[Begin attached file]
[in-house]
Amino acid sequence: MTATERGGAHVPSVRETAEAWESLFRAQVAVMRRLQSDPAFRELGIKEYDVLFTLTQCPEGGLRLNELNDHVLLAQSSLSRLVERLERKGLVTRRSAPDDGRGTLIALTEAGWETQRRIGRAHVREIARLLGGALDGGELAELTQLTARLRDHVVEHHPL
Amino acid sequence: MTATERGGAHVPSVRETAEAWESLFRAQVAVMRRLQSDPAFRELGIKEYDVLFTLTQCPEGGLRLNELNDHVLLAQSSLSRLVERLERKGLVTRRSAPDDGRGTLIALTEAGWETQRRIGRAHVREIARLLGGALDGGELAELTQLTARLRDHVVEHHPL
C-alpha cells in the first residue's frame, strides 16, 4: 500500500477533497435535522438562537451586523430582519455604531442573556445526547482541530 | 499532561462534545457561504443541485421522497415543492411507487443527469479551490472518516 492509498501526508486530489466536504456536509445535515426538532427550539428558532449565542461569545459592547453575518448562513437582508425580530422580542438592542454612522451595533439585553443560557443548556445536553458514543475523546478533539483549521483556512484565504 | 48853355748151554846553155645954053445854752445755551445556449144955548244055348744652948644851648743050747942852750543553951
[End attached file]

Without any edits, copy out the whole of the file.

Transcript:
[in-house]
Amino acid sequence: MTATERGGAHVPSVRETAEAWESLFRAQVAVMRRLQSDPAFRELGIKEYDVLFTLTQCPEGGLRLNELNDHVLLAQSSLSRLVERLERKGLVTRRSAPDDGRGTLIALTEAGWETQRRIGRAHVREIARLLGGALDGGELAELTQLTARLRDHVVEHHPL
Amino acid sequence: MTATERGGAHVPSVRETAEAWESLFRAQVAVMRRLQSDPAFRELGIKEYDVLFTLTQCPEGGLRLNELNDHVLLAQSSLSRLVERLERKGLVTRRSAPDDGRGTLIALTEAGWETQRRIGRAHVREIARLLGGALDGGELAELTQLTARLRDHVVEHHPL
C-alpha cells in the first residue's frame, strides 16, 4: 500500500477533497435535522438562537451586523430582519455604531442573556445526547482541530 | 499532561462534545457561504443541485421522497415543492411507487443527469479551490472518516 492509498501526508486530489466536504456536509445535515426538532427550539428558532449565542461569545459592547453575518448562513437582508425580530422580542438592542454612522451595533439585553443560557443548556445536553458514543475523546478533539483549521483556512484565504 | 48853355748151554846553155645954053445854752445755551445556449144955548244055348744652948644851648743050747942852750543553951